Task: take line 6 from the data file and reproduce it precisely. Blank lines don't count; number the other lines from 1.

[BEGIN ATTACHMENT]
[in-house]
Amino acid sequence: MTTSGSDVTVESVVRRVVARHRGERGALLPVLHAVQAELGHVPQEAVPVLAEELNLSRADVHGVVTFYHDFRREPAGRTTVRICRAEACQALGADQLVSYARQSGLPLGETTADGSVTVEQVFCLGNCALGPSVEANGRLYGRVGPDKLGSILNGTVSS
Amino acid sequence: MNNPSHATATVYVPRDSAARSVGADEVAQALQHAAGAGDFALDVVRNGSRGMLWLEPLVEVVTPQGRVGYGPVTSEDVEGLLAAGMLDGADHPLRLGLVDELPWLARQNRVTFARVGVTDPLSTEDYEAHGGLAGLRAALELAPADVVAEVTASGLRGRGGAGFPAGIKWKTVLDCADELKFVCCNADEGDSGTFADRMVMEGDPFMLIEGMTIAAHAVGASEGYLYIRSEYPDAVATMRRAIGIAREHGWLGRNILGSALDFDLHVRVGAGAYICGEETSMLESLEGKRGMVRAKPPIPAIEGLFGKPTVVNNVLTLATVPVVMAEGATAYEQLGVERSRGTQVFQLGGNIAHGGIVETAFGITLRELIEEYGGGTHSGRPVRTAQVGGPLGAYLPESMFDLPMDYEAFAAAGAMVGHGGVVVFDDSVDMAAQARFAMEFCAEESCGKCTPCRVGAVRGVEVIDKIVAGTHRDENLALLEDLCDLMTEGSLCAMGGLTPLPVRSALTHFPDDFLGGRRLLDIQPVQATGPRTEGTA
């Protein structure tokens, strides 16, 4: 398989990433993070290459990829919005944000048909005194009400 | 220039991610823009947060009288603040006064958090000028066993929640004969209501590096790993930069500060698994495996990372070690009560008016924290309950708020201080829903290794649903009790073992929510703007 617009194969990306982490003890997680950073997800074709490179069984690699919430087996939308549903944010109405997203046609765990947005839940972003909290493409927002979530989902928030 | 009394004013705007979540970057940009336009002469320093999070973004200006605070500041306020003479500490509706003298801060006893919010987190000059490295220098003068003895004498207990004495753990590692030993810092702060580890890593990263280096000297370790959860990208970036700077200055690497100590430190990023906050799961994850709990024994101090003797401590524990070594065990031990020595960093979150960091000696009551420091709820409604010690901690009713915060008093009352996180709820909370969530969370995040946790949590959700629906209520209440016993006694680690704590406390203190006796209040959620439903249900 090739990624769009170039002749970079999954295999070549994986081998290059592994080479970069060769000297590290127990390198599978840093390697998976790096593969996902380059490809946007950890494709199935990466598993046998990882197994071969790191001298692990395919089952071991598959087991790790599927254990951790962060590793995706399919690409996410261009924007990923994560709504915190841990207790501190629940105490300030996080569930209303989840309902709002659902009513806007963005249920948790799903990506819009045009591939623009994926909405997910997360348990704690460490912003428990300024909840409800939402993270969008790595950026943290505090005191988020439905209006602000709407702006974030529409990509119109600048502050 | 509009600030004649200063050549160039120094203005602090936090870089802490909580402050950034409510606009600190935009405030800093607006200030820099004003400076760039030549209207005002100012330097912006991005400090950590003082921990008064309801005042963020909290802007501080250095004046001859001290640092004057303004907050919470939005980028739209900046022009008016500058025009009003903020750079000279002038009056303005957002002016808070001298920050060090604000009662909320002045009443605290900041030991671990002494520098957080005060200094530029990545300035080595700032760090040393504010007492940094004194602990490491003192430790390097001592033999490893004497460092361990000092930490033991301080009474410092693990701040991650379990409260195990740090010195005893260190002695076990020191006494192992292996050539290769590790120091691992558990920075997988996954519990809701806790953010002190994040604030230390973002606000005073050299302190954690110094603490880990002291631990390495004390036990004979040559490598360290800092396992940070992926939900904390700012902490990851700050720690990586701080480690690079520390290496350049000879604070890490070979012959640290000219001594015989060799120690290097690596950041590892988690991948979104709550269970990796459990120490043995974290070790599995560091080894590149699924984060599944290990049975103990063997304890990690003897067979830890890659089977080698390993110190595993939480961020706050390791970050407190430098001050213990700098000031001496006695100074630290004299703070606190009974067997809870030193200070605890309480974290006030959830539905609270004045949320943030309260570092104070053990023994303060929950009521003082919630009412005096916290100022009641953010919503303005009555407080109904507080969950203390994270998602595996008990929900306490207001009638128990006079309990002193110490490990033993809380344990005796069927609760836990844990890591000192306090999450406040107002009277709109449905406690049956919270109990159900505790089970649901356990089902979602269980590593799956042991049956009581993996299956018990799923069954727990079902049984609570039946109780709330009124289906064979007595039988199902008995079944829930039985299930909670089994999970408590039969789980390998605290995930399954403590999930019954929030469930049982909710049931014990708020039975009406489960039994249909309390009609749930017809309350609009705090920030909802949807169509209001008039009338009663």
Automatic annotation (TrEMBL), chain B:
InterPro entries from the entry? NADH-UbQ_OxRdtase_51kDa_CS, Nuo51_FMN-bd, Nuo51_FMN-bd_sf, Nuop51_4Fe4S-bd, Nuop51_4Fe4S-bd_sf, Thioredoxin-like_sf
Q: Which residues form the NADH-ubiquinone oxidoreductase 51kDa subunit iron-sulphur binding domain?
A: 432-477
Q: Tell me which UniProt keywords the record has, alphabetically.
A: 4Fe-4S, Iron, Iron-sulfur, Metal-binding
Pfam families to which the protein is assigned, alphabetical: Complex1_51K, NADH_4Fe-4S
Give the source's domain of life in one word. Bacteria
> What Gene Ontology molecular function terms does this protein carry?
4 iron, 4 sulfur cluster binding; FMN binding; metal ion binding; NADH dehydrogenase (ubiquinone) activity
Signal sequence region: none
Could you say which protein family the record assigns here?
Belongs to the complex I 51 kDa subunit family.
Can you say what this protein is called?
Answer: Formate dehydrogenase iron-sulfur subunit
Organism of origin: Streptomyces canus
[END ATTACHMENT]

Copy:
InterPro entries from the entry? NADH-UbQ_OxRdtase_51kDa_CS, Nuo51_FMN-bd, Nuo51_FMN-bd_sf, Nuop51_4Fe4S-bd, Nuop51_4Fe4S-bd_sf, Thioredoxin-like_sf